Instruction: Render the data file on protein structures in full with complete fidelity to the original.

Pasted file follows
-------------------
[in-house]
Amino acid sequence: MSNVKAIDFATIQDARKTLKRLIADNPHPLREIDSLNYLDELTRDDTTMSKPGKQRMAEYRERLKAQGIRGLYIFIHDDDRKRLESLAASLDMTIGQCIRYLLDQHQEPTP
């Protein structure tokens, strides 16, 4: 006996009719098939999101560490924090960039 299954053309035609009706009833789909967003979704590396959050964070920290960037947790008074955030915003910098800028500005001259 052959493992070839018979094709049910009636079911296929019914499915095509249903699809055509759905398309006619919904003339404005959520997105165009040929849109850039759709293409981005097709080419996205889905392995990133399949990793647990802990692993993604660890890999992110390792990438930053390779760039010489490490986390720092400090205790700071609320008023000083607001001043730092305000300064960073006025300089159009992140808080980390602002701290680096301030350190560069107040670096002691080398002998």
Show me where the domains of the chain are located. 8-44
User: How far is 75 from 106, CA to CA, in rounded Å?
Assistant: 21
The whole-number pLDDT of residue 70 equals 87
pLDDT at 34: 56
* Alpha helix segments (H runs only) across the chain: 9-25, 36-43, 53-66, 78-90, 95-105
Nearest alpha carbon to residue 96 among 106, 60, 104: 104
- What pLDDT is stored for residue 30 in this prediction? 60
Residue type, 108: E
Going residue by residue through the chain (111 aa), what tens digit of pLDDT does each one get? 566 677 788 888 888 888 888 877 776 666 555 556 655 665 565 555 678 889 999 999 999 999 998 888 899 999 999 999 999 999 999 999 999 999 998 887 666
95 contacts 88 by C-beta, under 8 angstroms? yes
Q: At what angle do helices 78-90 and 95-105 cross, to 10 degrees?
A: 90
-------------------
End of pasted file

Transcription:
[in-house]
Amino acid sequence: MSNVKAIDFATIQDARKTLKRLIADNPHPLREIDSLNYLDELTRDDTTMSKPGKQRMAEYRERLKAQGIRGLYIFIHDDDRKRLESLAASLDMTIGQCIRYLLDQHQEPTP
């Protein structure tokens, strides 16, 4: 006996009719098939999101560490924090960039 299954053309035609009706009833789909967003979704590396959050964070920290960037947790008074955030915003910098800028500005001259 052959493992070839018979094709049910009636079911296929019914499915095509249903699809055509759905398309006619919904003339404005959520997105165009040929849109850039759709293409981005097709080419996205889905392995990133399949990793647990802990692993993604660890890999992110390792990438930053390779760039010489490490986390720092400090205790700071609320008023000083607001001043730092305000300064960073006025300089159009992140808080980390602002701290680096301030350190560069107040670096002691080398002998």
Show me where the domains of the chain are located. 8-44
User: How far is 75 from 106, CA to CA, in rounded Å?
Assistant: 21
The whole-number pLDDT of residue 70 equals 87
pLDDT at 34: 56
* Alpha helix segments (H runs only) across the chain: 9-25, 36-43, 53-66, 78-90, 95-105
Nearest alpha carbon to residue 96 among 106, 60, 104: 104
- What pLDDT is stored for residue 30 in this prediction? 60
Residue type, 108: E
Going residue by residue through the chain (111 aa), what tens digit of pLDDT does each one get? 566 677 788 888 888 888 888 877 776 666 555 556 655 665 565 555 678 889 999 999 999 999 998 888 899 999 999 999 999 999 999 999 999 999 998 887 666
95 contacts 88 by C-beta, under 8 angstroms? yes
Q: At what angle do helices 78-90 and 95-105 cross, to 10 degrees?
A: 90